“The National Institute on Alcohol Abuse and Alcoholism is bringing attention to the range of cognitive and behavioral problems associated with fetal alcohol spectrum disorders (FASDs) that may appear at various times during childhood or early adolescence and that last a lifetime by recognizing September 9th as International FASD Awareness Day—part of FASD Awareness Month. This health observance also serves as a reminder that there is no known safe amount of alcohol consumption during pregnancy.
Prenatal alcohol exposure is a leading preventable cause of birth defects and developmental abnormalities in the United States. Prenatal alcohol exposure is associated with an increased risk of miscarriage, stillbirth, premature birth, sudden infant death syndrome (SIDS), and FASDs. FASDs are estimated to affect 1 to 5 percent of first graders in the United States.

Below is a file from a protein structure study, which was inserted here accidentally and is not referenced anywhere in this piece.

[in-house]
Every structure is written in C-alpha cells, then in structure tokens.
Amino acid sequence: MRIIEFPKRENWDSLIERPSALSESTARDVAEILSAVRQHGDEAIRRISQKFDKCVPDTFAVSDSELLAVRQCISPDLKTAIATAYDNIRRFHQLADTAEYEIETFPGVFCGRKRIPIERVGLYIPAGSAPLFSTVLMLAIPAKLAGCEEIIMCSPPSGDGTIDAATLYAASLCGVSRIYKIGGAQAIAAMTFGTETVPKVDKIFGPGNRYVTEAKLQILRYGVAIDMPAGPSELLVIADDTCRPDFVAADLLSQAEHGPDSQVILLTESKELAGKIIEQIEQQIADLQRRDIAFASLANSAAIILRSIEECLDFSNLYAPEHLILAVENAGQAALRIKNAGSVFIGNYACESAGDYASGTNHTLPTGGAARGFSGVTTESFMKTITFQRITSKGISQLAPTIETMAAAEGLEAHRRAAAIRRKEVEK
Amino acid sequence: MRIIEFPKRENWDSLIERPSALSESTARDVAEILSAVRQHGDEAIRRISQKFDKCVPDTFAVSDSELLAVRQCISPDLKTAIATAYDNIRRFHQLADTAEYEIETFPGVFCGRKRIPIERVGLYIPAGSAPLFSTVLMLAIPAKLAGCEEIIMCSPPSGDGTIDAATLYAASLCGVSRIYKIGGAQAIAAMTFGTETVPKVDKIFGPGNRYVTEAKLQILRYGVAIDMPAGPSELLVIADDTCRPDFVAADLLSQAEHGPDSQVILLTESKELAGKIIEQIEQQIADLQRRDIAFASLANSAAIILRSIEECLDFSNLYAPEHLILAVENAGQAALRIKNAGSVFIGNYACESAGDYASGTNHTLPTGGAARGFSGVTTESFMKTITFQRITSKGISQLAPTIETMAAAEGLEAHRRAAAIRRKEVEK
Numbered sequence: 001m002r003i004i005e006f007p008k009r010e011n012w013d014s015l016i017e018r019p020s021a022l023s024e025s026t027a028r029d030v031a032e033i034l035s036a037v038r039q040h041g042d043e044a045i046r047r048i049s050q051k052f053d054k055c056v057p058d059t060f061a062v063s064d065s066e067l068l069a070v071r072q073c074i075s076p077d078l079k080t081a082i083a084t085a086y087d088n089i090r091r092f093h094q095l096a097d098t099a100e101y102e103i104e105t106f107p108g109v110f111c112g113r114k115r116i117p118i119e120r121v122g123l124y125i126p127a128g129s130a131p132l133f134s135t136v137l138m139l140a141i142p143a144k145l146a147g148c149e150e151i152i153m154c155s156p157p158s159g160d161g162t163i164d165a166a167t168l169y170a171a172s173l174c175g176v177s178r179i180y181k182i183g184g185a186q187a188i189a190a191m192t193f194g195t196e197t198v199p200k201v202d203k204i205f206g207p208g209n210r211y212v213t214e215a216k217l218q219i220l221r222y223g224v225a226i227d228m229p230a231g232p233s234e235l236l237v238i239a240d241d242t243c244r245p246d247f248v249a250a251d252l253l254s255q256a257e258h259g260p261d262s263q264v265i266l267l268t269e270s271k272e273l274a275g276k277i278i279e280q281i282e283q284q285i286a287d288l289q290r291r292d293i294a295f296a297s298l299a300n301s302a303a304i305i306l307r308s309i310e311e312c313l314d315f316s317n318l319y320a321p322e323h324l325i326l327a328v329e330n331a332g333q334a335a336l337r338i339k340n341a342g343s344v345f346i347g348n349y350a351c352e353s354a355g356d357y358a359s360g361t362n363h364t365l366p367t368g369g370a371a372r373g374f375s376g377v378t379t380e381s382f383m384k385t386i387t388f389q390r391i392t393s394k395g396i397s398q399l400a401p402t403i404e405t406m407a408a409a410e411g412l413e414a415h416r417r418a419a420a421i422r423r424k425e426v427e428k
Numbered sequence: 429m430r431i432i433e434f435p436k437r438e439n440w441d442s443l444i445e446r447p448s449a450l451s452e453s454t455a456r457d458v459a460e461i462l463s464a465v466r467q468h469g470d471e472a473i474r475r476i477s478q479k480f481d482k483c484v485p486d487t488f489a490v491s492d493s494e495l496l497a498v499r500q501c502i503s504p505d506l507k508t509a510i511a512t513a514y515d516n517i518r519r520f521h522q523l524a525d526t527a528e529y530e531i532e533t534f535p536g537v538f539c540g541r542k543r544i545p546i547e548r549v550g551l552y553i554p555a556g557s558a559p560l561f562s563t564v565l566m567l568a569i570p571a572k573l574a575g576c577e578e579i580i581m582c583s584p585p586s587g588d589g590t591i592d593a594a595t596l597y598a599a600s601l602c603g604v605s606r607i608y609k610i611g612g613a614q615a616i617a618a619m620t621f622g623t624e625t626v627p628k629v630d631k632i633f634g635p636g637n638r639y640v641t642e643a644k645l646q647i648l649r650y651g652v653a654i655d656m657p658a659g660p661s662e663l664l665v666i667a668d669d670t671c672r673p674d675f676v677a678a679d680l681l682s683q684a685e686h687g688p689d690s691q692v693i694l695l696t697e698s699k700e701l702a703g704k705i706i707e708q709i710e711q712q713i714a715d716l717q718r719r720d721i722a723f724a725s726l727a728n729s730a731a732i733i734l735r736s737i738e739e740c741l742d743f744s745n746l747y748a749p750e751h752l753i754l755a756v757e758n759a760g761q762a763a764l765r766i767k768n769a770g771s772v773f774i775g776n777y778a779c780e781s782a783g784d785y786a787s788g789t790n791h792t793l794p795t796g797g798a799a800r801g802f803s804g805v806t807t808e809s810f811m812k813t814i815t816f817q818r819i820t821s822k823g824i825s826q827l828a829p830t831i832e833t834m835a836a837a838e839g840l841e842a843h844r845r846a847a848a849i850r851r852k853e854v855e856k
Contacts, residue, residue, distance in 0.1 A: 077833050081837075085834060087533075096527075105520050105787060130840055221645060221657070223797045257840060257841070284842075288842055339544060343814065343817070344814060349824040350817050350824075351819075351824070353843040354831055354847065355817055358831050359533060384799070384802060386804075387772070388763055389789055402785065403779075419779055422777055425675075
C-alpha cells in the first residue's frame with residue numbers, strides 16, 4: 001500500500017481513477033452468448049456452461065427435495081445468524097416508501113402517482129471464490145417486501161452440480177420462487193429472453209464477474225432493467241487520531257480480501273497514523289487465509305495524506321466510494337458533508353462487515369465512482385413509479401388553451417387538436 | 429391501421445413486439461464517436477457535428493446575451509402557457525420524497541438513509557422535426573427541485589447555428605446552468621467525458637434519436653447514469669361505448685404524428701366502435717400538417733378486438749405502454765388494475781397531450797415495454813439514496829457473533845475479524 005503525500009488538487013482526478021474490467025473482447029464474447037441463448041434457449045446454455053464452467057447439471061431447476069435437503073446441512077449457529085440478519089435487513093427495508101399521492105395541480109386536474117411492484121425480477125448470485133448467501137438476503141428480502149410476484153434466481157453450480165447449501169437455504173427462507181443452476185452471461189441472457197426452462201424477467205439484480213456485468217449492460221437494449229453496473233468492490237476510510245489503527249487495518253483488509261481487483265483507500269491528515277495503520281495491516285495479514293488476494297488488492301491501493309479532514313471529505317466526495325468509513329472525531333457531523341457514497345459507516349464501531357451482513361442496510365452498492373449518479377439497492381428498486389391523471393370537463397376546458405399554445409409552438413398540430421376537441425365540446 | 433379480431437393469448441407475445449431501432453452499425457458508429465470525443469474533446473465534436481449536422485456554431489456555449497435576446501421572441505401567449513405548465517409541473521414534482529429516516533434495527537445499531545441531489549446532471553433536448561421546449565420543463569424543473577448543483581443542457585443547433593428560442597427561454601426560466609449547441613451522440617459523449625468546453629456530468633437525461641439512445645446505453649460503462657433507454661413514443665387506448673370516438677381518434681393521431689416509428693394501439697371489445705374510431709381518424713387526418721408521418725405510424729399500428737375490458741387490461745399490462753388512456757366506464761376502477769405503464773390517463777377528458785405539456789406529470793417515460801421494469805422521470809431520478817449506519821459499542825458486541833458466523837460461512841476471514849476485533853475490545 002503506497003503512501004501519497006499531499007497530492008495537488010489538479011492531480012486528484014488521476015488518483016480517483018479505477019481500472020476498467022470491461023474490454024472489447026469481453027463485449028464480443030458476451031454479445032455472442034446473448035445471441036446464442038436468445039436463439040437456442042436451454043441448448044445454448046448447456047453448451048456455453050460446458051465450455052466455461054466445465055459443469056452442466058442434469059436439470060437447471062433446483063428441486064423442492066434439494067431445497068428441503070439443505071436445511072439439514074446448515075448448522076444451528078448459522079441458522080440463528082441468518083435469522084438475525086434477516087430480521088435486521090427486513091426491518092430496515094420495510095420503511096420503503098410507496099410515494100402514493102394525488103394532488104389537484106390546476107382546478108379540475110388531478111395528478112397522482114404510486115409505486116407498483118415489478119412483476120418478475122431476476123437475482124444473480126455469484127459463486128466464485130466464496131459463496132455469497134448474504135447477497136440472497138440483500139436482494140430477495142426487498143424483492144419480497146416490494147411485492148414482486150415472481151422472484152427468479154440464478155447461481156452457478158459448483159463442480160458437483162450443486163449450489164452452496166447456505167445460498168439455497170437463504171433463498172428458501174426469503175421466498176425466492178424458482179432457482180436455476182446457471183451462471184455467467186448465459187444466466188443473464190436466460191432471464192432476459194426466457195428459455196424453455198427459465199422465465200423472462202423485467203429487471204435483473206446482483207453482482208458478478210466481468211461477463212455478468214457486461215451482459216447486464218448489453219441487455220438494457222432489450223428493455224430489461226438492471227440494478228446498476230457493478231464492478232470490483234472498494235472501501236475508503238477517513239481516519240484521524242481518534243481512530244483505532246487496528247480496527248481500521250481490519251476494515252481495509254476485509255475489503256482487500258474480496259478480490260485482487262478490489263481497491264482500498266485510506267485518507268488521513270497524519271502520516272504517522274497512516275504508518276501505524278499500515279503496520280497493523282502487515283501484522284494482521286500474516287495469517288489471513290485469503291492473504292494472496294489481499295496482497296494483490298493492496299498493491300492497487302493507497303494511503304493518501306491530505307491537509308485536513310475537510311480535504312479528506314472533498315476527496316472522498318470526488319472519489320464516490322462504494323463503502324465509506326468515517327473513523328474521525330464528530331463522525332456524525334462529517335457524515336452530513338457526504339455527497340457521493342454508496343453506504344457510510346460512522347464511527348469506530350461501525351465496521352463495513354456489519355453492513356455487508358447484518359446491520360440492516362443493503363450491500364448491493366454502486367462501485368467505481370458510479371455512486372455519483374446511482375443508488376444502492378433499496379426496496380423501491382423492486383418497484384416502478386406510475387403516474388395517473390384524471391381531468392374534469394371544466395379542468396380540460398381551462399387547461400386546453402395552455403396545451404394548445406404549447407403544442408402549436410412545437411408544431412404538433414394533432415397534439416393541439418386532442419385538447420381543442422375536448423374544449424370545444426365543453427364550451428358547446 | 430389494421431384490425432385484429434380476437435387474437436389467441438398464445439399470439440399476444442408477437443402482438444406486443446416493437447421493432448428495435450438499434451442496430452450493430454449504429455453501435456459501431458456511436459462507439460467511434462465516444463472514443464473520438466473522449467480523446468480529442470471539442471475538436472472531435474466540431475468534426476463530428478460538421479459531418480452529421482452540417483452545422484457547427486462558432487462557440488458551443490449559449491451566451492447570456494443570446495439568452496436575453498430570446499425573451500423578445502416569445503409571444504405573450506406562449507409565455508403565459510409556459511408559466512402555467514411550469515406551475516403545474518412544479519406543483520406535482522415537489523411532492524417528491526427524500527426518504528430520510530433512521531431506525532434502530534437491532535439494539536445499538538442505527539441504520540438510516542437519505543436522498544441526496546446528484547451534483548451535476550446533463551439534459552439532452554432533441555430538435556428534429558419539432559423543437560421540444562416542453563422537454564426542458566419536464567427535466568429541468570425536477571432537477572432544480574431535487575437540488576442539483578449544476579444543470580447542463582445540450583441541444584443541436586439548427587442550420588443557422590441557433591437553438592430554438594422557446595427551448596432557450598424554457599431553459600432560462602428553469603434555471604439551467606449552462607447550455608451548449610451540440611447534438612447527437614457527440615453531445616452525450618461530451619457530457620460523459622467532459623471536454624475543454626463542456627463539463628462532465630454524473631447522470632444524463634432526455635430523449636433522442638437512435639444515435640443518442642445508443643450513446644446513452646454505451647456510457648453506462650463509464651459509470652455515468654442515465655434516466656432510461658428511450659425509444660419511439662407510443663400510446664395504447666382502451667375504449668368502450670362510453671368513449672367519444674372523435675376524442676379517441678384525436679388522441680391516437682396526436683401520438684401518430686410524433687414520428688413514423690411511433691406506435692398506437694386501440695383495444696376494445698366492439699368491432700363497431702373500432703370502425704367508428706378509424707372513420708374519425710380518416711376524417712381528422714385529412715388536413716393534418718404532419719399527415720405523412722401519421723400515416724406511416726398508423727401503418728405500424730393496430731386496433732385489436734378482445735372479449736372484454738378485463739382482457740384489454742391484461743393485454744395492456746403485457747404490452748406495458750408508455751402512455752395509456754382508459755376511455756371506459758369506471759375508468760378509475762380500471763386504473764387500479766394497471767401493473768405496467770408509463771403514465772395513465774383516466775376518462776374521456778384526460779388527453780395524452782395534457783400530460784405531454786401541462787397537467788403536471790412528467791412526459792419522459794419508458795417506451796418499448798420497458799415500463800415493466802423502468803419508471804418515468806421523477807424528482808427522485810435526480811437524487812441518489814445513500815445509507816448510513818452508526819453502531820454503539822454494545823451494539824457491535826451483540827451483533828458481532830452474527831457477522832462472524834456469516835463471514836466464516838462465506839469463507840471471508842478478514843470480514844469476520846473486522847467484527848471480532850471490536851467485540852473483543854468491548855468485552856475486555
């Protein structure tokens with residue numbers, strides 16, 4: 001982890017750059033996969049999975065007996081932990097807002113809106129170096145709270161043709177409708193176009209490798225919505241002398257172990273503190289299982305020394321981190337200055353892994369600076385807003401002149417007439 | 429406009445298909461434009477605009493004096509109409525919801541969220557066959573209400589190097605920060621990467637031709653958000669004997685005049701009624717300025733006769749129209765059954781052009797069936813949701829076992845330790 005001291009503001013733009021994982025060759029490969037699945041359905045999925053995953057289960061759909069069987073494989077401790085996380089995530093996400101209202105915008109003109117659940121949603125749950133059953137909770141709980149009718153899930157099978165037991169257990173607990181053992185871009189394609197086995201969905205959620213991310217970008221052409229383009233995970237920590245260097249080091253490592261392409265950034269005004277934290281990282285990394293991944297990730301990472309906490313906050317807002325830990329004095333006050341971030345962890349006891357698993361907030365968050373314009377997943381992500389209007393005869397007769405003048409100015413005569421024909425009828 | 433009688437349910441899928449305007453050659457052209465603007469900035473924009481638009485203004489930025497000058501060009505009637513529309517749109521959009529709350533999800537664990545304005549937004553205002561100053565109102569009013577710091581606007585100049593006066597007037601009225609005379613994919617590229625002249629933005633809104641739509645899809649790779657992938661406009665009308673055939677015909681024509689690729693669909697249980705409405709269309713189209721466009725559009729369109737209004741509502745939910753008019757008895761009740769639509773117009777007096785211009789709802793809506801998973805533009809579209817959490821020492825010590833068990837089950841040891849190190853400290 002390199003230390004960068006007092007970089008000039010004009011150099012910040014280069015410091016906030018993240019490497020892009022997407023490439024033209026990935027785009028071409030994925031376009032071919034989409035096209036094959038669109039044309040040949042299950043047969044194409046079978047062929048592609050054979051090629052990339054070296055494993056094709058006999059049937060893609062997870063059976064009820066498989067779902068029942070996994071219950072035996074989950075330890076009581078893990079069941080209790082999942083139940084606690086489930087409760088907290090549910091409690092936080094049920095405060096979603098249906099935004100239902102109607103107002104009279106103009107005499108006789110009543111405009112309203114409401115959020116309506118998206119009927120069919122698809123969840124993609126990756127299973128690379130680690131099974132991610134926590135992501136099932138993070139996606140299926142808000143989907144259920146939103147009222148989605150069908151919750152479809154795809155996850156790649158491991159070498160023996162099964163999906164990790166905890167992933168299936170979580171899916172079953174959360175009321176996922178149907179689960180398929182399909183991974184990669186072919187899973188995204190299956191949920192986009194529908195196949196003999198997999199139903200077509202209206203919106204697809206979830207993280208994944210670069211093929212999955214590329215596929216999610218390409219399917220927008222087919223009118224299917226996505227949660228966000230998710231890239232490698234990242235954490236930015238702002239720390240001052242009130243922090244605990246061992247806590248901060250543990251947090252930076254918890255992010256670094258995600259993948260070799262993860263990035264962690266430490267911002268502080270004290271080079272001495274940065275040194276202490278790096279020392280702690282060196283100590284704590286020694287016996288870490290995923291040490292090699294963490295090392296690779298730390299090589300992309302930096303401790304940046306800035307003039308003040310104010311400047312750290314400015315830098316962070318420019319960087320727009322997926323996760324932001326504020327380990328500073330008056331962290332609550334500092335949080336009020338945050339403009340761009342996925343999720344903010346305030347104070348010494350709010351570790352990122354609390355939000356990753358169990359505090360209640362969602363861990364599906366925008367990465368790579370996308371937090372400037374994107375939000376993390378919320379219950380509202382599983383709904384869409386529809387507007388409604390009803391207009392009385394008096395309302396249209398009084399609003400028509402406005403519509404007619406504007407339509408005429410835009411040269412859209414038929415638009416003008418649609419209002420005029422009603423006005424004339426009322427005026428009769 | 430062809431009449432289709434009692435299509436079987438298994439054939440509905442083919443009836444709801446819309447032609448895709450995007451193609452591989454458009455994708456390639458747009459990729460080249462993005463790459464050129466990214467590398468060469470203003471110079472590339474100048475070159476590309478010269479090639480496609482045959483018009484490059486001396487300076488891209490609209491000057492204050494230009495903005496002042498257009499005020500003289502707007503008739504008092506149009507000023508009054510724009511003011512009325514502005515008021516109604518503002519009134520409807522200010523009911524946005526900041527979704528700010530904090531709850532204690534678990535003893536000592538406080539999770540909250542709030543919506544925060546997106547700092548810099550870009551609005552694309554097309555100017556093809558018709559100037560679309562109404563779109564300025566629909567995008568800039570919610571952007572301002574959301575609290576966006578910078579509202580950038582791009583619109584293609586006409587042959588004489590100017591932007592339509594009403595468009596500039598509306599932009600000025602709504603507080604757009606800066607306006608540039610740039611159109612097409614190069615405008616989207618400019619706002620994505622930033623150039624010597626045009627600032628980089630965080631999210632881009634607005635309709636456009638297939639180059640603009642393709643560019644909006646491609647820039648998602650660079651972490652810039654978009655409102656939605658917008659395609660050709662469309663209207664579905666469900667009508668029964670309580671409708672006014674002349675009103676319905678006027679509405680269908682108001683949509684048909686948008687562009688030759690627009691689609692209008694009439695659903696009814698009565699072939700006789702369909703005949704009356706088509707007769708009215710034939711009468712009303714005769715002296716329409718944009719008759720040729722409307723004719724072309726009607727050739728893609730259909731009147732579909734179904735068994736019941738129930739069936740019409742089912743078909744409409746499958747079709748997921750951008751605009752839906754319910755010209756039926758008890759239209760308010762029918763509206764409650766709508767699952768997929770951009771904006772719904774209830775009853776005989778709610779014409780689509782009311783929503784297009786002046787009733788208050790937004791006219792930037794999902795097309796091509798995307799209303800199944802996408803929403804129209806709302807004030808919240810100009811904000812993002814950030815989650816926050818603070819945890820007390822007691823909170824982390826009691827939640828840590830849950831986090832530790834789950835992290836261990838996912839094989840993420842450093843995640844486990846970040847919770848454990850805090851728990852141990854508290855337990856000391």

FASDs are associated with physical effects such as facial abnormalities and growth impairments, but the most profound effects are on the brain and the resulting impairments in behavioral and cognitive functioning. These deficits can contribute to learning disabilities, speech and language delays, poor social skills, vision and hearing problems, and health problems requiring continued medical care, assistance, and social support throughout life.”
Find more from NIH (September 2021)